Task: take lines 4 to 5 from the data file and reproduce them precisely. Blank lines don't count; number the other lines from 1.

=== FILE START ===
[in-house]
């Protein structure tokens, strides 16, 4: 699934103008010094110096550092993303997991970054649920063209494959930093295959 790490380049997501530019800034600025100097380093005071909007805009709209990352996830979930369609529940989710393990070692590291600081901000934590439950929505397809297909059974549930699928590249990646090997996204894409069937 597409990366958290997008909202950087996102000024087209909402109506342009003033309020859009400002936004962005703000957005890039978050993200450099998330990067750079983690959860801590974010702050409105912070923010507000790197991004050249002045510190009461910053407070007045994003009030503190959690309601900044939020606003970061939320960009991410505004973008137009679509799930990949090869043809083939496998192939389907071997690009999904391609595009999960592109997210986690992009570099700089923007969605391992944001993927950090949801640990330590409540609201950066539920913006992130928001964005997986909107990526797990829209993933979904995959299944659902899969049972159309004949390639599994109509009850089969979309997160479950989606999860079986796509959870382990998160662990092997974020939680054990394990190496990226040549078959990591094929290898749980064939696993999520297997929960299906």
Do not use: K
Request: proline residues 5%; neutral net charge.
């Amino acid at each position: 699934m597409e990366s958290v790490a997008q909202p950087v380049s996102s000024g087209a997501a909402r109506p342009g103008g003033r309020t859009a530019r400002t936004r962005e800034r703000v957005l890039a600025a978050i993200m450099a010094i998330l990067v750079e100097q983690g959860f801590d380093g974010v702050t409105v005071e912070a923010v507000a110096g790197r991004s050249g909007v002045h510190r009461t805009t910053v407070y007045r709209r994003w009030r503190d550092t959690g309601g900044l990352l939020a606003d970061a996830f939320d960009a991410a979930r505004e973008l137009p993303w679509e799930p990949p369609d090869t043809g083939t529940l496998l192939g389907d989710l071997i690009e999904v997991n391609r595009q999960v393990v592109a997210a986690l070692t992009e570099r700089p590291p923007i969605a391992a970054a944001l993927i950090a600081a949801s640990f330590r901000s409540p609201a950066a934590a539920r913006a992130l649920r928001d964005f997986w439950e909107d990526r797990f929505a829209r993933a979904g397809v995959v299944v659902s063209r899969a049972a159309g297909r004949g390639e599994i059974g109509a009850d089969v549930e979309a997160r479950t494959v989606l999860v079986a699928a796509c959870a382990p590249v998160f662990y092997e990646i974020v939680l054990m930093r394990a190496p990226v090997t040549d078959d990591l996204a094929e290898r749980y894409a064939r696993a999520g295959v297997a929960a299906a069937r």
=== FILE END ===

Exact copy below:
Request: proline residues 5%; neutral net charge.
């Amino acid at each position: 699934m597409e990366s958290v790490a997008q909202p950087v380049s996102s000024g087209a997501a909402r109506p342009g103008g003033r309020t859009a530019r400002t936004r962005e800034r703000v957005l890039a600025a978050i993200m450099a010094i998330l990067v750079e100097q983690g959860f801590d380093g974010v702050t409105v005071e912070a923010v507000a110096g790197r991004s050249g909007v002045h510190r009461t805009t910053v407070y007045r709209r994003w009030r503190d550092t959690g309601g900044l990352l939020a606003d970061a996830f939320d960009a991410a979930r505004e973008l137009p993303w679509e799930p990949p369609d090869t043809g083939t529940l496998l192939g389907d989710l071997i690009e999904v997991n391609r595009q999960v393990v592109a997210a986690l070692t992009e570099r700089p590291p923007i969605a391992a970054a944001l993927i950090a600081a949801s640990f330590r901000s409540p609201a950066a934590a539920r913006a992130l649920r928001d964005f997986w439950e909107d990526r797990f929505a829209r993933a979904g397809v995959v299944v659902s063209r899969a049972a159309g297909r004949g390639e599994i059974g109509a009850d089969v549930e979309a997160r479950t494959v989606l999860v079986a699928a796509c959870a382990p590249v998160f662990y092997e990646i974020v939680l054990m930093r394990a190496p990226v090997t040549d078959d990591l996204a094929e290898r749980y894409a064939r696993a999520g295959v297997a929960a299906a069937r």